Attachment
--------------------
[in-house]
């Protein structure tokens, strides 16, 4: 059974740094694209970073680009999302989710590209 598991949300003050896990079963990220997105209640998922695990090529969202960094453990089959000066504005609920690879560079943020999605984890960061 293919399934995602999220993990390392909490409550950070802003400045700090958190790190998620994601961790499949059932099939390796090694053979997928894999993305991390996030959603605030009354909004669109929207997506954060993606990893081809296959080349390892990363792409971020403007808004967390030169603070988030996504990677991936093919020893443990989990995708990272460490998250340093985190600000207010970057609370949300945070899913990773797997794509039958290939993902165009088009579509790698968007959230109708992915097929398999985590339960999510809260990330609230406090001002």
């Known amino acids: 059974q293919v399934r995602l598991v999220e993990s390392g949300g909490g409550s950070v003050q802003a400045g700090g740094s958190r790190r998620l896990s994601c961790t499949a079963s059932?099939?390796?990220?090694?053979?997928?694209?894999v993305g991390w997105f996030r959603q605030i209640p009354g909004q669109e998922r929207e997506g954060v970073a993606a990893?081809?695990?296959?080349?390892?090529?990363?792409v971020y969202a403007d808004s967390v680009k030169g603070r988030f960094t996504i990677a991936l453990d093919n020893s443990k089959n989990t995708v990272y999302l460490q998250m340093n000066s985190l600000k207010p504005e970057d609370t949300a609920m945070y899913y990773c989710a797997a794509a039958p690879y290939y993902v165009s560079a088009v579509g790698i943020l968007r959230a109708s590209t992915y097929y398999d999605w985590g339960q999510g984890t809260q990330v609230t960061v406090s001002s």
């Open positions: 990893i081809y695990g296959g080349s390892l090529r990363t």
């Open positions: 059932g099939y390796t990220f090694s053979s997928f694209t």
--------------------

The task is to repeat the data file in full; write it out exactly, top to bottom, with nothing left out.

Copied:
[in-house]
């Protein structure tokens, strides 16, 4: 059974740094694209970073680009999302989710590209 598991949300003050896990079963990220997105209640998922695990090529969202960094453990089959000066504005609920690879560079943020999605984890960061 293919399934995602999220993990390392909490409550950070802003400045700090958190790190998620994601961790499949059932099939390796090694053979997928894999993305991390996030959603605030009354909004669109929207997506954060993606990893081809296959080349390892990363792409971020403007808004967390030169603070988030996504990677991936093919020893443990989990995708990272460490998250340093985190600000207010970057609370949300945070899913990773797997794509039958290939993902165009088009579509790698968007959230109708992915097929398999985590339960999510809260990330609230406090001002």
């Known amino acids: 059974q293919v399934r995602l598991v999220e993990s390392g949300g909490g409550s950070v003050q802003a400045g700090g740094s958190r790190r998620l896990s994601c961790t499949a079963s059932?099939?390796?990220?090694?053979?997928?694209?894999v993305g991390w997105f996030r959603q605030i209640p009354g909004q669109e998922r929207e997506g954060v970073a993606a990893?081809?695990?296959?080349?390892?090529?990363?792409v971020y969202a403007d808004s967390v680009k030169g603070r988030f960094t996504i990677a991936l453990d093919n020893s443990k089959n989990t995708v990272y999302l460490q998250m340093n000066s985190l600000k207010p504005e970057d609370t949300a609920m945070y899913y990773c989710a797997a794509a039958p690879y290939y993902v165009s560079a088009v579509g790698i943020l968007r959230a109708s590209t992915y097929y398999d999605w985590g339960q999510g984890t809260q990330v609230t960061v406090s001002s």
């Open positions: 990893i081809y695990g296959g080349s390892l090529r990363t």
């Open positions: 059932g099939y390796t990220f090694s053979s997928f694209t």